Popular Movement of Ukraine

Image - Popular Movement of Ukraine (1st convention, September 1989): Ivan Drach and the presidium. Image - Popular Movement of Ukraine (2d convention, October 1990). Image - 21 January 1990: Popular Movement of Ukraine-sponsored 500-km chain of people linking hands from Kyiv to Lviv and on to Ivano-Frankivsk in commemoration of the 1918 and 1919 proclamations of Ukrainian independence and the union of UNR and ZUNR.

Popular Movement of Ukraine [Народний рух України; Narodnyi rukh Ukrainy] popularly known as Rukh (the Movement). The most important non-Communist, grass-roots organization created in Ukraine with the ostensible purpose of supporting the policy of perestroika launched in Moscow by Mikhail Gorbachev. It was initially called the Popular Movement of Ukraine for Restructuring (perebudova; Russian: perestroika). Its initiative group was formed in November 1988 and published the Rukh draft program in February 1989.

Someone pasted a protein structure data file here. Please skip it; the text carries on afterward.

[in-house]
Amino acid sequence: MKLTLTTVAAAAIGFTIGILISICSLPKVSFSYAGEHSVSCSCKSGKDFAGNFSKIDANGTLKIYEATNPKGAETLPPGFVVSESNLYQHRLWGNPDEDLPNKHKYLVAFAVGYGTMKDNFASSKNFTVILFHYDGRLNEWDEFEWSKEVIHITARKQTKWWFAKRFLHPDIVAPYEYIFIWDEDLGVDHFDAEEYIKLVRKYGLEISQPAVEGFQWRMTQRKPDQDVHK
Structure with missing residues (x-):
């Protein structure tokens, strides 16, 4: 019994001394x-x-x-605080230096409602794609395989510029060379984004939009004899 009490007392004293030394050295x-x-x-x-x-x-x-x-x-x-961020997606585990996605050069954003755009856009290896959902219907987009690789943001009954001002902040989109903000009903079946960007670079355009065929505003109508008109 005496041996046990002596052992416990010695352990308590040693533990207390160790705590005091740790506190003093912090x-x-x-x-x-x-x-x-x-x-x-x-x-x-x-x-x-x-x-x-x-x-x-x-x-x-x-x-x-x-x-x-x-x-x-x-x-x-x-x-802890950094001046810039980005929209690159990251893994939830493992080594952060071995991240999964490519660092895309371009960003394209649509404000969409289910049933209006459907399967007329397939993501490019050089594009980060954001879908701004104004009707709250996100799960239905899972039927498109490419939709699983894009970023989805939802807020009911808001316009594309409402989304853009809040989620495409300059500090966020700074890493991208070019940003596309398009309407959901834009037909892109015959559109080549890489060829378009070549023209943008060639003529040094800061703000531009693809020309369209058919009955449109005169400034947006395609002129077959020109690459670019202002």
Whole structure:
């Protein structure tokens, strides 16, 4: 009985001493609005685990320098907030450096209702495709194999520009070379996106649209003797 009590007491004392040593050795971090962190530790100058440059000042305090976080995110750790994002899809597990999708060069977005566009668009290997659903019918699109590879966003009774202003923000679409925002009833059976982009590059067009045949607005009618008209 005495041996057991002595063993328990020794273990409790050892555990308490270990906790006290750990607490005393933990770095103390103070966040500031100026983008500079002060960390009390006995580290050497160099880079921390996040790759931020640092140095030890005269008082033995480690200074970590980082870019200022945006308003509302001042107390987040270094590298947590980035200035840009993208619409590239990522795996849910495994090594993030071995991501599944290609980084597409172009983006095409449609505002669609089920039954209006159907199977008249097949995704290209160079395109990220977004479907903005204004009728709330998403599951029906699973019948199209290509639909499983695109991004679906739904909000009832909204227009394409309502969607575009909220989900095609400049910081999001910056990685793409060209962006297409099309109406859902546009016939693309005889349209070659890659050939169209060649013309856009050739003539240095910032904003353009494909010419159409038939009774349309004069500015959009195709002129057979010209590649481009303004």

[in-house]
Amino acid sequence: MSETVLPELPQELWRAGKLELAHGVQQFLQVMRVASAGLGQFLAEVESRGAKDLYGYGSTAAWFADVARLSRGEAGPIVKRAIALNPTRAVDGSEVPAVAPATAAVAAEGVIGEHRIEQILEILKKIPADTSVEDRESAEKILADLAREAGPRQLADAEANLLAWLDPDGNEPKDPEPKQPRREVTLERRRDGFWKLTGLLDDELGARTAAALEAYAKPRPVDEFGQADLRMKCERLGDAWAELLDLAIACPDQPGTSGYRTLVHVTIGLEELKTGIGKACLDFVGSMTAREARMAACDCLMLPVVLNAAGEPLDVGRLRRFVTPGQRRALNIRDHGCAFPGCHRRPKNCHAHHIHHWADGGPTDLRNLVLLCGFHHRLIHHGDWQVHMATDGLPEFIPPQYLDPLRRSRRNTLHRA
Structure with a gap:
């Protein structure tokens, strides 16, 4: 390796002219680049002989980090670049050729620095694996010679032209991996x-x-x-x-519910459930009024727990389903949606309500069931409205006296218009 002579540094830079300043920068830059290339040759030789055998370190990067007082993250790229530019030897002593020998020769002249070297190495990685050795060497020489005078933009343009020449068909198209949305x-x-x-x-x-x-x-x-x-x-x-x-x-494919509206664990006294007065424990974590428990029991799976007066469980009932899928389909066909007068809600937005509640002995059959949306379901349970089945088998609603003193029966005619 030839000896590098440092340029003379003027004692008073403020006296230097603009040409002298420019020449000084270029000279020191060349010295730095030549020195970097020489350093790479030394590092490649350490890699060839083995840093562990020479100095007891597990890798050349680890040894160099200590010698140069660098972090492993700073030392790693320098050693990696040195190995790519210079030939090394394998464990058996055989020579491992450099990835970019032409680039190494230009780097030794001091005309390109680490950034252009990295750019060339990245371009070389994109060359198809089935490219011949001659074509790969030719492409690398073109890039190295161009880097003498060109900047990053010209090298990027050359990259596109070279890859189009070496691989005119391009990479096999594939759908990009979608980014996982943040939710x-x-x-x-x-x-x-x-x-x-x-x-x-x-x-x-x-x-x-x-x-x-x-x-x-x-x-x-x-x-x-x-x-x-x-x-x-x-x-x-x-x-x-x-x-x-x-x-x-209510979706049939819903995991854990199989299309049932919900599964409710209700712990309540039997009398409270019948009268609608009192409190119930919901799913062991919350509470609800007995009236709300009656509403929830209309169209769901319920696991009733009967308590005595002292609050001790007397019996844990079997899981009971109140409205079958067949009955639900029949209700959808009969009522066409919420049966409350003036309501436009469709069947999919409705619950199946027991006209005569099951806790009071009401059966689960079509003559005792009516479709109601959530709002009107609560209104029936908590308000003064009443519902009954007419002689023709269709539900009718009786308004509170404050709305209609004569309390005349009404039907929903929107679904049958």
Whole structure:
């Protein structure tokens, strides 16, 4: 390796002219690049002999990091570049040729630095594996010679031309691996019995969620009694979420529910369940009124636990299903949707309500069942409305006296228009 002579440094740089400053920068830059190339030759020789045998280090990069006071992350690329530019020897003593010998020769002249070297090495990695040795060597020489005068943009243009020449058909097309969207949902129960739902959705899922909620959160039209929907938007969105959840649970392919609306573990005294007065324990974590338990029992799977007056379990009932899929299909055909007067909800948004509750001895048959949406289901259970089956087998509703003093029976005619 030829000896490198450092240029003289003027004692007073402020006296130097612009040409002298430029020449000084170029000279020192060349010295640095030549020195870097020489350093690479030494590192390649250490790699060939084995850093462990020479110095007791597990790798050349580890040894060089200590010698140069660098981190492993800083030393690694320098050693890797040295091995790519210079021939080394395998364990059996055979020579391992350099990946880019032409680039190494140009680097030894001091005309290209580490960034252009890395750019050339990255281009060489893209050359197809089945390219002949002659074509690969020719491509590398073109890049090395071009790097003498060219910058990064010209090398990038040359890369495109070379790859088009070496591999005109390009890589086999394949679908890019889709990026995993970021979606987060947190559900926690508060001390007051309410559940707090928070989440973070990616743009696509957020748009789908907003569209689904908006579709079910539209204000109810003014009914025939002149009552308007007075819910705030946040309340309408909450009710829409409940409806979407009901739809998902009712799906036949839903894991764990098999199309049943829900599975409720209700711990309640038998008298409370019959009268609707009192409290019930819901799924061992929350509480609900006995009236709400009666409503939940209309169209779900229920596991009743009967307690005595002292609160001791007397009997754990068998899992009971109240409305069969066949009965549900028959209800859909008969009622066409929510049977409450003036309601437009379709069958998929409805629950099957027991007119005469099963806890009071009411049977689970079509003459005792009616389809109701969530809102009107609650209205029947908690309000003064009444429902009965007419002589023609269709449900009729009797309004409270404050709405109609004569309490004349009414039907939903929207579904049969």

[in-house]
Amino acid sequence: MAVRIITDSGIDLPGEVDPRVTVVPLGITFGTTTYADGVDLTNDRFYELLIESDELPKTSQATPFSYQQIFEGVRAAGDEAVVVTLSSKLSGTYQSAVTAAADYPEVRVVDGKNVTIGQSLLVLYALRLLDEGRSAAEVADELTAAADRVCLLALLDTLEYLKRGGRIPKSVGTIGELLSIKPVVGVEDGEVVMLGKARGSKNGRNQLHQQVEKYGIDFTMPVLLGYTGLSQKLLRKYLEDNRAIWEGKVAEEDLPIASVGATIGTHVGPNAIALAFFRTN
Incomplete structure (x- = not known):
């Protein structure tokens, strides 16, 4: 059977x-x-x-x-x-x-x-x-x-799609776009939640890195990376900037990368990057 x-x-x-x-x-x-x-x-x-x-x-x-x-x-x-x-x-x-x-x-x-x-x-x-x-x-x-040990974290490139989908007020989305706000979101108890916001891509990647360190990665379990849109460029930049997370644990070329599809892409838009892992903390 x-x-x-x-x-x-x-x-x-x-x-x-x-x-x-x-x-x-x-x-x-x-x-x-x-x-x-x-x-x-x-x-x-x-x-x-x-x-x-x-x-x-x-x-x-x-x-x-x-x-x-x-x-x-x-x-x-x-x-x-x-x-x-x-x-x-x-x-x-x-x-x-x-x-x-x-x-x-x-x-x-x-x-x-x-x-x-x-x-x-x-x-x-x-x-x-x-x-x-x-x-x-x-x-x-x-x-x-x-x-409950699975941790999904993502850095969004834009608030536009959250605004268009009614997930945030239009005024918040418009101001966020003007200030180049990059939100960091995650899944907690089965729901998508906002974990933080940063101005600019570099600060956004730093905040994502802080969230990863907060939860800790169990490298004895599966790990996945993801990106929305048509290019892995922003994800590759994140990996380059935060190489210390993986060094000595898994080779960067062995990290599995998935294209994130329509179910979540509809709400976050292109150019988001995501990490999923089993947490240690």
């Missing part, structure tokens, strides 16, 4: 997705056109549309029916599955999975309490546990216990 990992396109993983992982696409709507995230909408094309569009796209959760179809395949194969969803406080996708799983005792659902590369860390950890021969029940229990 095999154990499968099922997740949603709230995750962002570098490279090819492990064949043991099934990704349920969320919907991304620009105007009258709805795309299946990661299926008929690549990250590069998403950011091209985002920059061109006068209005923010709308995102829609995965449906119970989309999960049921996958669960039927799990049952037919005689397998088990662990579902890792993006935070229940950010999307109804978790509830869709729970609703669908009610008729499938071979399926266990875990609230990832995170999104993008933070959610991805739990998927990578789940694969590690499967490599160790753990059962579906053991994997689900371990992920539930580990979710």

Rukh’s stated main objectives were the full attainment of political, religious, and human rights and freedoms; the moral rejuvenation of society; the democratization of Soviet society and the Soviet state; the political and economic sovereignty of Ukraine; constitutional reform; economic renewal; social justice; environmental protection and safety (including the shutdown of all nuclear reactors in Ukraine); the restructuring and improvement of social security and the public health system; the protection of the Ukrainian language and national minority rights; and world peace.

The Communist Party of Ukraine (CPU) media campaign against Rukh that lasted until September 1989 merely served to increase Rukh’s popularity and membership. Rukh succeeded in becoming an umbrella organization uniting almost all neformaly and new political parties in Ukraine. It gained the support of the revived Ukrainian Catholic church and Ukrainian Autocephalous Orthodox church and most members of the Writers' Union of Ukraine (writers and intellectuals played leading roles in Rukh). Rukh sponsored many initiatives designed to break the power monopoly of the CPU, including an independent Ukrainian Communist party, the Yednist free trade union (which held its founding congress in February 1990 in Kharkiv), the Union of Free Journalists, and the Ukrainian Olympic Committee.